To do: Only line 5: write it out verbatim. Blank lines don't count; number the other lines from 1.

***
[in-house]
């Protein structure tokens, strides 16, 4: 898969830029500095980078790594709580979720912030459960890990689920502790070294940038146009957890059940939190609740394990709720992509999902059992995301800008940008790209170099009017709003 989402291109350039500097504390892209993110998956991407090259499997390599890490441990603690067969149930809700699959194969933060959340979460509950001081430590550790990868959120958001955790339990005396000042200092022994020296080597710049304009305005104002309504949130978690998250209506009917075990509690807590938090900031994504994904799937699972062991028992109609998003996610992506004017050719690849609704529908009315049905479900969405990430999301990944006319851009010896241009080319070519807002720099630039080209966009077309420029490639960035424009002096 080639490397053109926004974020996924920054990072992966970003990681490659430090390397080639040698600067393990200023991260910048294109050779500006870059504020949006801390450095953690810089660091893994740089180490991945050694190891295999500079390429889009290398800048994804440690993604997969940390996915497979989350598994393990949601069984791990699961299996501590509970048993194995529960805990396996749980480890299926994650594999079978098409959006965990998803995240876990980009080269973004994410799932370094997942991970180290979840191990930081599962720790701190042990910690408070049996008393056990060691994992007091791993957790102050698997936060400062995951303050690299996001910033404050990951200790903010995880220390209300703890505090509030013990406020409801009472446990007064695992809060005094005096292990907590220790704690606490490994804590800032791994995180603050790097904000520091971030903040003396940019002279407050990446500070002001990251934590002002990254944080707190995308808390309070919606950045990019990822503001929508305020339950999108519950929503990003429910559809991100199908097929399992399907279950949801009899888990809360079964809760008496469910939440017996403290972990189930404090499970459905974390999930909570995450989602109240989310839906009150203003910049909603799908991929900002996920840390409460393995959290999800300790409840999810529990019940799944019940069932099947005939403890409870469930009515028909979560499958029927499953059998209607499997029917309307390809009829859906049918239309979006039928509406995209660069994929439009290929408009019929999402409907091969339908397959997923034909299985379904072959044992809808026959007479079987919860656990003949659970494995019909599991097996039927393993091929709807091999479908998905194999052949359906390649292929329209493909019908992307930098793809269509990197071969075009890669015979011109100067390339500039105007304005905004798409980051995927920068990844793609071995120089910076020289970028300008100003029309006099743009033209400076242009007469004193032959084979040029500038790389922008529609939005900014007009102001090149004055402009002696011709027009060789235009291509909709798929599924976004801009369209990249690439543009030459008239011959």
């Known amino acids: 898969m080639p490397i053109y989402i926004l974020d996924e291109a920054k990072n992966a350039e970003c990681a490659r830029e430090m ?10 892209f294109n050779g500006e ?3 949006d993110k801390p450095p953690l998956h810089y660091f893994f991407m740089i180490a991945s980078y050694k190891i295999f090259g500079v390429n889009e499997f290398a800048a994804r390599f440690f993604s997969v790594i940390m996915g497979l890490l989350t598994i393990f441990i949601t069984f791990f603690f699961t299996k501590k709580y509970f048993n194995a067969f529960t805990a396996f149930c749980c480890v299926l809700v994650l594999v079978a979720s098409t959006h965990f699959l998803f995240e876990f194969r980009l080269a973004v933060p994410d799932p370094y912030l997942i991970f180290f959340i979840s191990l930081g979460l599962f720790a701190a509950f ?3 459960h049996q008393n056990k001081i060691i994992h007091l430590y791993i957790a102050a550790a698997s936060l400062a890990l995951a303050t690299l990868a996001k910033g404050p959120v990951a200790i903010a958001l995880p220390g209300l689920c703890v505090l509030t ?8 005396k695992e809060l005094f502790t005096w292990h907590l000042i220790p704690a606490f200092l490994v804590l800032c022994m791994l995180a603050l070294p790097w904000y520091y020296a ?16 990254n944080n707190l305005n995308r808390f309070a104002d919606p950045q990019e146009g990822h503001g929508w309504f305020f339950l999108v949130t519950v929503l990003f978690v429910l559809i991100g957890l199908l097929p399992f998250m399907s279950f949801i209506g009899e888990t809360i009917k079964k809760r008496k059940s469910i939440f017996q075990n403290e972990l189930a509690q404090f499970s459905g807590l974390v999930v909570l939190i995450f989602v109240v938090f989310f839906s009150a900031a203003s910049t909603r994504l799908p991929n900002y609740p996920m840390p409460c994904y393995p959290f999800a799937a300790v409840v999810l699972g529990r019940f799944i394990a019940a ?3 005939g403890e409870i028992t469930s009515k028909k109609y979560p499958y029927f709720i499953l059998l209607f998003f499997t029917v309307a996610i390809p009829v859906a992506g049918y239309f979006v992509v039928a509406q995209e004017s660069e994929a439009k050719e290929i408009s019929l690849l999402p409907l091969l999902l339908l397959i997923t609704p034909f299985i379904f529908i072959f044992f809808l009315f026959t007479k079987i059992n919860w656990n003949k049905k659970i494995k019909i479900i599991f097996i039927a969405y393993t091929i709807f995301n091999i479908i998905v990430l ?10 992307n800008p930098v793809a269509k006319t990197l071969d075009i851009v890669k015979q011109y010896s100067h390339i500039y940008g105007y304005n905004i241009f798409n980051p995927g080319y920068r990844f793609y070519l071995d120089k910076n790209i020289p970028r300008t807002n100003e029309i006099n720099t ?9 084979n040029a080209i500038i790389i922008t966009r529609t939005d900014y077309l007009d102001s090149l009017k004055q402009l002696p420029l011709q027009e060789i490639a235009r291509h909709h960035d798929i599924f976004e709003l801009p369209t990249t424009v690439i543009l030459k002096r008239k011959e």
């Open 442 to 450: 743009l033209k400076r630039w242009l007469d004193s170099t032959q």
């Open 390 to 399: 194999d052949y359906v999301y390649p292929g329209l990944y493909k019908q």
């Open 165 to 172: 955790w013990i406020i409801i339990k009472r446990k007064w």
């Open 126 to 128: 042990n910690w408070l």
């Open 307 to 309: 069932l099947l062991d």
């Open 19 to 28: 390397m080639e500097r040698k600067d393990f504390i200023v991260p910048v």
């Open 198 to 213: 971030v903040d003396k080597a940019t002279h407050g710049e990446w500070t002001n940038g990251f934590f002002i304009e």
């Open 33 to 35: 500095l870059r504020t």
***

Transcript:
């Open 390 to 399: 194999d052949y359906v999301y390649p292929g329209l990944y493909k019908q």